Net Needle by Robert Adamson

The cover to Net Needle by Robert AdamsonHexham, UK. Bloodaxe Books (Dufour Editions, distr.). 2016. 70 pages.

In Net Needle, poet Robert Adamson spans the range of contemporary English prosody with poems that tenderly attest to an endangered environment. The book invites the reader to take these poems as a personal history. 

The first of four sections features mostly lyric poems. Adamson describes a childhood on the eastern Australian coast where old fishermen on Blue Point wove or mended their nets, where the urban mingled with the wild. This landscape is fifty years lost and sometimes so haunted that it becomes “difficult to move” there. Reflecting on this time and place in the poem “Via Negativa, the Divine Dark,” the speaker claims that he has “forgotten the names of most flora and fauna” and must reconcile himself to “forms / grown vague.” His attention to detail belies this sentiment. The men in the titular poem, “Net Makers,” populate his memory precisely with their craft and traditions. 

The second section becomes more dense and narrative: the poems are often in longer lines and stanzas. In “The Shark-Net Seahorses of Balmoral,” the poet describes in third person the interior life of a boy as he snorkels in the bay, watching the wildlife of this protected sea. Adamson describes how “the boy looked for his favorite creatures, seahorses,” which hover “in clear sight of the old fish,” a dangerous predator rendered harmless on the other side of the shark net that encloses the bay. The seahorses, like the boy, are protected within the innocence of vague knowledge.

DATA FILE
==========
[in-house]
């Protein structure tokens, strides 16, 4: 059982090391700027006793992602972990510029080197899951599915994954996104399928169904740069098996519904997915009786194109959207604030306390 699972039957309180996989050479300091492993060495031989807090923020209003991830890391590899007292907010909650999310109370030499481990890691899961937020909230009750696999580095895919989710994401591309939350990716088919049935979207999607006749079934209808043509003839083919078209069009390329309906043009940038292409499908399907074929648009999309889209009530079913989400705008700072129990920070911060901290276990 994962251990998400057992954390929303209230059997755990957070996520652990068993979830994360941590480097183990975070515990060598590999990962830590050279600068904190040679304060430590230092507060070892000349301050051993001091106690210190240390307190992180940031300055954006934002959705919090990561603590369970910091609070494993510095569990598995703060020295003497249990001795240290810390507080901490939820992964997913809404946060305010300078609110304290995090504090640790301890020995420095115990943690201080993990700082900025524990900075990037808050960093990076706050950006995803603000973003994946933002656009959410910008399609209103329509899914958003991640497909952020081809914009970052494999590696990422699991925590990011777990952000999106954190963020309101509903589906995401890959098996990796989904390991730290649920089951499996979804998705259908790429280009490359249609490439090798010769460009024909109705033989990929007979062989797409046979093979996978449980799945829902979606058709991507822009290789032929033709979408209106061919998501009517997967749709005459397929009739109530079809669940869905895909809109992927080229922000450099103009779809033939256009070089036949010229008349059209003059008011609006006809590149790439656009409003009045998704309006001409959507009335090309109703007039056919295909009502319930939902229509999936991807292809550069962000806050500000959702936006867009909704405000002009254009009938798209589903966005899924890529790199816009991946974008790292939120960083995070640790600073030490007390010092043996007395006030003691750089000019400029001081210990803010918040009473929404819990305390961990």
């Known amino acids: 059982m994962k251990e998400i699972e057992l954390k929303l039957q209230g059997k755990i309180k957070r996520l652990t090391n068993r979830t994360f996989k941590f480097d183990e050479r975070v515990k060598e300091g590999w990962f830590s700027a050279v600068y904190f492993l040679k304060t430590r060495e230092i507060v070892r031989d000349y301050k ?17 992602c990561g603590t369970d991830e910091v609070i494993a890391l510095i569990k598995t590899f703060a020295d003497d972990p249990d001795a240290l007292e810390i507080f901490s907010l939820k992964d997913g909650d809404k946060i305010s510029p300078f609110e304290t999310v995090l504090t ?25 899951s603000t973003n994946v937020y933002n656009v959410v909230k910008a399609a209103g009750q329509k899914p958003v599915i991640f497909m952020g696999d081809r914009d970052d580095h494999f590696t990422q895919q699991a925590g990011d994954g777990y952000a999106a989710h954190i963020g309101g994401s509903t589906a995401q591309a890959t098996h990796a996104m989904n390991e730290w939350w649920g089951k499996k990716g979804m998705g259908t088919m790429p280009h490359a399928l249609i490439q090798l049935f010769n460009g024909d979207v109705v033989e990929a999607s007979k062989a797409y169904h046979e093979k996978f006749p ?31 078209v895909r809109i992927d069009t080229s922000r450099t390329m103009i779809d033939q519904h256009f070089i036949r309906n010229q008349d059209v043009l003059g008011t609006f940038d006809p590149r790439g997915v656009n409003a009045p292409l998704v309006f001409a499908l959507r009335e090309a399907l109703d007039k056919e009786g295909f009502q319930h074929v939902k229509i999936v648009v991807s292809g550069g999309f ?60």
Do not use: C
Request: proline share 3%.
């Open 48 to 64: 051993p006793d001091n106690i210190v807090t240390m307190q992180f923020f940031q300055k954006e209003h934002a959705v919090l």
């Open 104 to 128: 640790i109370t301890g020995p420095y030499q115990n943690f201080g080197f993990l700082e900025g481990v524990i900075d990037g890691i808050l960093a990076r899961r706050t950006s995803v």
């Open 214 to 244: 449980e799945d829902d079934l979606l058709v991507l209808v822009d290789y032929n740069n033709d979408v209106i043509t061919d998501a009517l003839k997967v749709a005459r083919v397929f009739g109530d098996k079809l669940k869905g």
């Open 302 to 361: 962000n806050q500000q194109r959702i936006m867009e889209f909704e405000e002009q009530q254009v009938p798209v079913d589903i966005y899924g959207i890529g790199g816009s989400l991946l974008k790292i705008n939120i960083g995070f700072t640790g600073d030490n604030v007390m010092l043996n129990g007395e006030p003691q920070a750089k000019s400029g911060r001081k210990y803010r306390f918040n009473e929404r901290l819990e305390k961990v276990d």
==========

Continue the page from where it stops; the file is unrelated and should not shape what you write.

Each of the four sections of Net Needle progresses thematically and prosodically. At the close of the second section, the main character becomes a young man serving hard time at Long Bay Penitentiary. In the third and fourth parts, there are lacunal, alliterative verses, prose poems, and fantastic pieces such as “Poem Beginning with a Line from William Blake,” which describes a kind of eight-story cabinet of curiosities. The first floor we visit is an apiary; on the eighth, we are challenged to “forget the myth of honey” and left searching “for the word trauma in the eyes / of strangers.”

The poem that follows, “Ballad of the Word Trauma,” most clearly shows the bond that threads between many poems and in all sections of Net Needle. With attention to craft and detail, Adamson weaves together a book that captures the most enduring, most fragile landscape of all: living memory.

Greg Brown
Mercyhurst University

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